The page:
Joan Chen main.jpgThere are two phases in the life of an Asian actress in Hollywood, says Joan Chen.

“When I was younger and more beautiful,” she says, laughing, “I was the sexy vixen, the object of desire. Then I got older and I was the dragon woman. Evil. They don’t want you as a human – they want you as a spice, a colour, an exotic element.”

Chen, a China-born actress who broke out internationally in the Oscar-winning The Last Emperor (1987) as Empress Wanrong, is now 51.

She spoke to the press on Wednesday about her role in Serangoon Road, a detective drama series set in Singapore in the 1960s, now being filmed in a studio on Batam.

When she found her character in the show too confining, she was not afraid to use whatever clout she has to expand it.

Talking to Life!, she says her part as Patricia Cheng (right) was “bare bones” initially. Her character is a widow, a woman who becomes the unwilling owner of a detective agency after the murder of her husband. Through her, new cases are introduced each week.

“She helps tell the stories of other people. When I got on board, I made her story fuller,” she says.

She felt Patricia needed more pathos and introduced the idea that she be infertile. “She had to be more vulnerable. In that era, in Chinese culture, and probably across Asia, a woman who is incapable of conceiving must have a deep sense of unworthiness,” Chen says.

She also suggested to the writers that Patricia be given the goal of finding her husband’s killers, in a story arc that stretches across all 10 episodes of the first season, to begin airing later this year.

The drama is a co-production between HBO Asia and Australia’s ABC TV, with the bulk of the filming taking place on soundstages of Infinite Studios on Batam and around Singapore, in spots such as the Raffles Hotel and other heritage buildings.

Local actors in the show include Alaric Tay, Pamelyn Chee, Melody Chen and Randall Tan. Los Angeles-based Singapore actor Chin Han will also have a role, along with American actor Russell Wong playing Patricia’s late husband in a guest turn.

Chen’s strong suggestions for her role in Serangoon Road are indicative of her turn towards behind-the-camera action.

She is no stranger to writing or directing. Xiu Xiu: The Sent-Down Girl, the 1998 drama set in the Cultural Revolution which Chen directed and adapted from a novel by Yan Geling, won her Best Director at the Golden Horse Awards and a Golden Bear nomination at the Berlin International Film Festival.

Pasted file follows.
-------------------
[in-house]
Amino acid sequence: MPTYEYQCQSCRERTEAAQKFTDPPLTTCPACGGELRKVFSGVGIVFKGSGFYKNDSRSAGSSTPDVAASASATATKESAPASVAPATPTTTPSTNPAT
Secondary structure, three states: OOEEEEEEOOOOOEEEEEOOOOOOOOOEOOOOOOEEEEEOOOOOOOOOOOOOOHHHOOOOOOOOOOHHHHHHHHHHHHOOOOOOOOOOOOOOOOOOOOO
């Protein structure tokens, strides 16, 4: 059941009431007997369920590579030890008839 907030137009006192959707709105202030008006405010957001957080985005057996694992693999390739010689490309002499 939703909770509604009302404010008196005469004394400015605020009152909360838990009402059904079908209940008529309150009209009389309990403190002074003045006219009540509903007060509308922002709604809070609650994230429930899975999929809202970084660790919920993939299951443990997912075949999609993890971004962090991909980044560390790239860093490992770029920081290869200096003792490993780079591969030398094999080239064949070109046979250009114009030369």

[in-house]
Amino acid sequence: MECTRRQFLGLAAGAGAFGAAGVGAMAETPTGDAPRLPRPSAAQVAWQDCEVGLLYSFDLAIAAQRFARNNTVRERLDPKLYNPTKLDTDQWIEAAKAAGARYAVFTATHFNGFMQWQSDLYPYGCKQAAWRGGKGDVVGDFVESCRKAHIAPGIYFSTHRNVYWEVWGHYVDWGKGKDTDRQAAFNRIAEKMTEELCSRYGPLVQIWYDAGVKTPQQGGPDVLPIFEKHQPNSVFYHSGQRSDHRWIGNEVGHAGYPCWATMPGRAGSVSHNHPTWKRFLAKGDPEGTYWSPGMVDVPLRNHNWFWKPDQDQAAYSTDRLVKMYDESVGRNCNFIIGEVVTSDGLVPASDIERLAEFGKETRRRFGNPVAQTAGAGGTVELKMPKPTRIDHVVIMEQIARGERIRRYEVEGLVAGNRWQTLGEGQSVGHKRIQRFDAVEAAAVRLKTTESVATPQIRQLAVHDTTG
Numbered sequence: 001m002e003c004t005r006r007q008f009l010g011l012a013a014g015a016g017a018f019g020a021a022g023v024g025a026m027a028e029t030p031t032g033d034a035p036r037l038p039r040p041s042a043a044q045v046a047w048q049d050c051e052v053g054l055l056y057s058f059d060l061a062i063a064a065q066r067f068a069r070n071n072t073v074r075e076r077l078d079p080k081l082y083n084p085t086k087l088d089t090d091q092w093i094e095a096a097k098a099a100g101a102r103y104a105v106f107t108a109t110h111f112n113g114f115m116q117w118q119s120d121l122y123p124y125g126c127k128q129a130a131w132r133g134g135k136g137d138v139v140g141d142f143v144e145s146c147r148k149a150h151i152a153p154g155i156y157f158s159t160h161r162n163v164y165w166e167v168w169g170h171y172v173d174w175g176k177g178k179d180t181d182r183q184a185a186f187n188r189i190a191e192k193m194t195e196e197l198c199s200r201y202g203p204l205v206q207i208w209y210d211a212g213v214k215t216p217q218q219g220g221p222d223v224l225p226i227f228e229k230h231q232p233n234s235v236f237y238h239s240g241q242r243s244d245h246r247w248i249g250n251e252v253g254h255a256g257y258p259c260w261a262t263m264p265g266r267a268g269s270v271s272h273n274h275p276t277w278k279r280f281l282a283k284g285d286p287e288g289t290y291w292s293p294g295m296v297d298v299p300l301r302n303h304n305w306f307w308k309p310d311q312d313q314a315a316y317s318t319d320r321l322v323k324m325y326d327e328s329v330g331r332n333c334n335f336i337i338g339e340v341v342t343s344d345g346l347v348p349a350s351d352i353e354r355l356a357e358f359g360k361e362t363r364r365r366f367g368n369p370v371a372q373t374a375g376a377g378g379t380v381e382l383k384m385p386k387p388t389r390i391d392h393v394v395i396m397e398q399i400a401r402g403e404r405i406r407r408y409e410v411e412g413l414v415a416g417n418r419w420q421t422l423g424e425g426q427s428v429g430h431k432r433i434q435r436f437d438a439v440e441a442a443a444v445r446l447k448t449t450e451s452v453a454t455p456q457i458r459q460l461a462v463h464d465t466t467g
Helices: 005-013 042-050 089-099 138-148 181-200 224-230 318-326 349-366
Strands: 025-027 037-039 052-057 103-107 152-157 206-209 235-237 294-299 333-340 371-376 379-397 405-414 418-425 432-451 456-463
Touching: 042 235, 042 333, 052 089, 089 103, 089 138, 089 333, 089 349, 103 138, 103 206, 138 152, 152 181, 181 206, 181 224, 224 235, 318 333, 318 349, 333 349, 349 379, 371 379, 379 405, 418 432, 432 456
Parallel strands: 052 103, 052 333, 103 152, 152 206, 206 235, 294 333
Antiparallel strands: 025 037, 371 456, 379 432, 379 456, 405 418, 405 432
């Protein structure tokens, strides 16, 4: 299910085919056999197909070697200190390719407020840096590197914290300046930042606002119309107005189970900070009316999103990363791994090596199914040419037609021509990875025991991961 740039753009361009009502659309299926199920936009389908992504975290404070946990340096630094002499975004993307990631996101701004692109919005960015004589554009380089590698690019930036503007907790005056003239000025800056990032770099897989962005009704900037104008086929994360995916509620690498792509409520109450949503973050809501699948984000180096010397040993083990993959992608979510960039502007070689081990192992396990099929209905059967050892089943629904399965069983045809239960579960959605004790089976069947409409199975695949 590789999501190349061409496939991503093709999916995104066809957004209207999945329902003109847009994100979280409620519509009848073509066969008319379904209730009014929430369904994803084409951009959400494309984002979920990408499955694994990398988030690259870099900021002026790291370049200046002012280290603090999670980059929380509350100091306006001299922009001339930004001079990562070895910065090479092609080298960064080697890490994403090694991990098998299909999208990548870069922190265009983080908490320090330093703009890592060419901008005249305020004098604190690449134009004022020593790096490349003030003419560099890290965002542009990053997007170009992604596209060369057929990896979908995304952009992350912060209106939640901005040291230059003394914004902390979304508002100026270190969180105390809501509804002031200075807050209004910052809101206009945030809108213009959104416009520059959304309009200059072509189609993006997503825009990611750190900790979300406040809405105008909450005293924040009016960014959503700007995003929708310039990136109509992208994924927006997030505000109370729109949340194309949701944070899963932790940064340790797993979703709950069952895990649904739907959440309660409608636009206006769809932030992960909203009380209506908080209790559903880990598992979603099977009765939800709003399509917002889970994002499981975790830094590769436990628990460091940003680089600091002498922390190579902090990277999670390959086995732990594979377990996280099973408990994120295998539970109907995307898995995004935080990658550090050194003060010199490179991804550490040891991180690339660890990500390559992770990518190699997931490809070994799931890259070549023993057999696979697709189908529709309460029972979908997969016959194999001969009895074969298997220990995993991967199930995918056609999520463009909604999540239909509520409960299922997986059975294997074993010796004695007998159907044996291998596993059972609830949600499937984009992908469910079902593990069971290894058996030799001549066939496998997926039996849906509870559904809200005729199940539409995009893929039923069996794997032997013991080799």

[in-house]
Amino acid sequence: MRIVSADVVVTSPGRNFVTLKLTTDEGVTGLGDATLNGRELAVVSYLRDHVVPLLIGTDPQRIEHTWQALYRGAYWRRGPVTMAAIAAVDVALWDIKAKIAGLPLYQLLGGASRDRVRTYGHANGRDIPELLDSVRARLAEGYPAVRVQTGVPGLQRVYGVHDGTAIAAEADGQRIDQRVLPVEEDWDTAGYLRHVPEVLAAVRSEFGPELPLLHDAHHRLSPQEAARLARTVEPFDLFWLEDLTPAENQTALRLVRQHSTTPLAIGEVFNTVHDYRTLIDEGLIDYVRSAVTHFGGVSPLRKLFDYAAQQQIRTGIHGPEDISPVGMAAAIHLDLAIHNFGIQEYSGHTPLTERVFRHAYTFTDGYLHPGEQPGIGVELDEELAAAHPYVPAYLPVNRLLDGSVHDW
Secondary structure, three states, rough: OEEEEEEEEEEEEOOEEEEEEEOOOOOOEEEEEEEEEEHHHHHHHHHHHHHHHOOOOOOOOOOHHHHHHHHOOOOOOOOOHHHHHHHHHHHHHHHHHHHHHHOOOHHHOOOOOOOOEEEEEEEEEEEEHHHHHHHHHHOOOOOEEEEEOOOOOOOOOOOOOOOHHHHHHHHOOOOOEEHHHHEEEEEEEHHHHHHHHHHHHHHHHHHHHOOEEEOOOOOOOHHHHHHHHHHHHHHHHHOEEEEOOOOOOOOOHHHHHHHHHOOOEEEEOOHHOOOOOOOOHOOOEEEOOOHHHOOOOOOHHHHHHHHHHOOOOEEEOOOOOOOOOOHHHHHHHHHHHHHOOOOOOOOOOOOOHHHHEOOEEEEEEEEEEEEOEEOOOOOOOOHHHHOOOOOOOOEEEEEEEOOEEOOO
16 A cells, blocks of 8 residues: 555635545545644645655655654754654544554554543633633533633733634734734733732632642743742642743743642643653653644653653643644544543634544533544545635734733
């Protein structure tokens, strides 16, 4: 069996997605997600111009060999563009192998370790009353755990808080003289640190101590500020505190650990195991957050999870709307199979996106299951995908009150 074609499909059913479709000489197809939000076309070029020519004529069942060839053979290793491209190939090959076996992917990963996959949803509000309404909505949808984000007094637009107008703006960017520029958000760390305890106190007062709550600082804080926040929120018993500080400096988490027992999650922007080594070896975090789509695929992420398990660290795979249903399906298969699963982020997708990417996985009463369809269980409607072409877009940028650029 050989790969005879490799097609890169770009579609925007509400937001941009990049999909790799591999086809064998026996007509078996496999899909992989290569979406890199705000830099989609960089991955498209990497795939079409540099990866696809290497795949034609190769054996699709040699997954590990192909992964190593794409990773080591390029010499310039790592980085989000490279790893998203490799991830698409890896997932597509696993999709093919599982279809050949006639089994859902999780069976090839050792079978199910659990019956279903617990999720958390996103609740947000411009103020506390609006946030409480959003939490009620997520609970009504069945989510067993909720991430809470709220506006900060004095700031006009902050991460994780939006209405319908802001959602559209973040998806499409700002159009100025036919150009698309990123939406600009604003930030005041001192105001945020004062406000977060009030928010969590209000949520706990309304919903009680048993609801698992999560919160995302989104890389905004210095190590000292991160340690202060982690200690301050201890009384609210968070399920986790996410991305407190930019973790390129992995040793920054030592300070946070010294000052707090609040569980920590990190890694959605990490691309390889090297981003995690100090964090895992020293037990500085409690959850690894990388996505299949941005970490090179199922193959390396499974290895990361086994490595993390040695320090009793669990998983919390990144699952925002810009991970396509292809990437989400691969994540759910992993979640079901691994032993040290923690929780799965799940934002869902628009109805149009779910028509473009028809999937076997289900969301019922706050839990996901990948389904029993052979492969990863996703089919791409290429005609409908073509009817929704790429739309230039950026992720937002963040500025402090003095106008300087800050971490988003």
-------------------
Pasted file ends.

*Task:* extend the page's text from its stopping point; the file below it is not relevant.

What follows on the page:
Her next feature as director was the romance Autumn In New York (2000), starring Richard Gere and Winona Ryder. It fared badly, critically and commercially.

She has just completed a short film, Shanghai Strangers, which she wrote, directed and co-produced. Still, she is not yet ready to jump back into the director’s chair to helm another feature. Since 1992, she has been married to cardiologist Peter Hui and lives in San Francisco with their two daughters, aged 14 and 11.

Being away from her family for long stretches during filming is not an option, not until her children are older, she says.

“My kids are young. It’s hard to be a director, especially if you write your own material and make an independent film. It’s an involvement of at least 18 months,” she says.

As an actress, she spends short spells working around the world, including China. That is where, in 1979, she became a household name as Xiao Hua (Little Flower), in the TV series of the same name.

The adoration of millions, however, soured into dislike when she worked in the West and took on stereotypical Asian female roles, such as playing the mistress of a white man in Tai-Pan (1986). There was a deep sense of betrayal because Xiao Hua, and consequently Chen herself, had become a “cultural symbol”, she says.

“When I look back, I understand the antagonism. People hate Lance Armstrong because they put him on a pedestal and that’s what they did with Xiao Hua,” she says.

But the China of today has moved on. The naturalised American citizen finds steady work in the film and TV industry there.

“If you talk to the younger generation and tell them that I played a sexy woman who was the lover of a white guy, and because of that I was officially criticised, they will be, like, ‘What?’,” she says. “Many Chinese actors and film-makers have residences all over the world. The children of the top leaders study abroad. It’s a different time.”

This article was first run in The Straits Times newspaper on January 26, 2013. For similar stories, go to You will not be able to access the Premium section of The Straits Times website unless you are already a subscriber.